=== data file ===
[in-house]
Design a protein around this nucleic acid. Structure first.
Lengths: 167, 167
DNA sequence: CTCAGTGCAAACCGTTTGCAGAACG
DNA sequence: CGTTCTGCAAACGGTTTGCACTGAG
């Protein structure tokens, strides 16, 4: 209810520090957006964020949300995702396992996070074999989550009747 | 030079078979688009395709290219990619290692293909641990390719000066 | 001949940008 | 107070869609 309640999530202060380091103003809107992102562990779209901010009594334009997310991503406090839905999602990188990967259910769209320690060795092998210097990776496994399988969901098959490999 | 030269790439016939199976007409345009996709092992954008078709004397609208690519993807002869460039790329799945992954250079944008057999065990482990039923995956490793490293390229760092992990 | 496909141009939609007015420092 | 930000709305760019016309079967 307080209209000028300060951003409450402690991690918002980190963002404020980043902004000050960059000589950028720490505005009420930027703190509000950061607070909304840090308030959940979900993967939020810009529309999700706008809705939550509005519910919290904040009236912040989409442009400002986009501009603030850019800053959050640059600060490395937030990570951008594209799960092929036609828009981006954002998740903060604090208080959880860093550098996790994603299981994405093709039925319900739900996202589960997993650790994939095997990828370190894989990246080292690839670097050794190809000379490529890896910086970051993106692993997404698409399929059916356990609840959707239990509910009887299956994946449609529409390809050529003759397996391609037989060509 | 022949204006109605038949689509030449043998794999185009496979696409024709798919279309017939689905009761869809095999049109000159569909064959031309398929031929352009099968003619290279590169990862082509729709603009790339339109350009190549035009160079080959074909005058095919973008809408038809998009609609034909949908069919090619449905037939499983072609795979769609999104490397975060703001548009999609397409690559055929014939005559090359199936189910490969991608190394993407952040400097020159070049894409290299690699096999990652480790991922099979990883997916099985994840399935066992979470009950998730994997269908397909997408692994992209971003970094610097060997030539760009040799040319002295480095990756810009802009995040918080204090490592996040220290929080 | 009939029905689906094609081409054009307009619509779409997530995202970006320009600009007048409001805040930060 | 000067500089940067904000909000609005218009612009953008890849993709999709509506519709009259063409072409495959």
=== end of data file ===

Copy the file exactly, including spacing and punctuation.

[in-house]
Design a protein around this nucleic acid. Structure first.
Lengths: 167, 167
DNA sequence: CTCAGTGCAAACCGTTTGCAGAACG
DNA sequence: CGTTCTGCAAACGGTTTGCACTGAG
């Protein structure tokens, strides 16, 4: 209810520090957006964020949300995702396992996070074999989550009747 | 030079078979688009395709290219990619290692293909641990390719000066 | 001949940008 | 107070869609 309640999530202060380091103003809107992102562990779209901010009594334009997310991503406090839905999602990188990967259910769209320690060795092998210097990776496994399988969901098959490999 | 030269790439016939199976007409345009996709092992954008078709004397609208690519993807002869460039790329799945992954250079944008057999065990482990039923995956490793490293390229760092992990 | 496909141009939609007015420092 | 930000709305760019016309079967 307080209209000028300060951003409450402690991690918002980190963002404020980043902004000050960059000589950028720490505005009420930027703190509000950061607070909304840090308030959940979900993967939020810009529309999700706008809705939550509005519910919290904040009236912040989409442009400002986009501009603030850019800053959050640059600060490395937030990570951008594209799960092929036609828009981006954002998740903060604090208080959880860093550098996790994603299981994405093709039925319900739900996202589960997993650790994939095997990828370190894989990246080292690839670097050794190809000379490529890896910086970051993106692993997404698409399929059916356990609840959707239990509910009887299956994946449609529409390809050529003759397996391609037989060509 | 022949204006109605038949689509030449043998794999185009496979696409024709798919279309017939689905009761869809095999049109000159569909064959031309398929031929352009099968003619290279590169990862082509729709603009790339339109350009190549035009160079080959074909005058095919973008809408038809998009609609034909949908069919090619449905037939499983072609795979769609999104490397975060703001548009999609397409690559055929014939005559090359199936189910490969991608190394993407952040400097020159070049894409290299690699096999990652480790991922099979990883997916099985994840399935066992979470009950998730994997269908397909997408692994992209971003970094610097060997030539760009040799040319002295480095990756810009802009995040918080204090490592996040220290929080 | 009939029905689906094609081409054009307009619509779409997530995202970006320009600009007048409001805040930060 | 000067500089940067904000909000609005218009612009953008890849993709999709509506519709009259063409072409495959």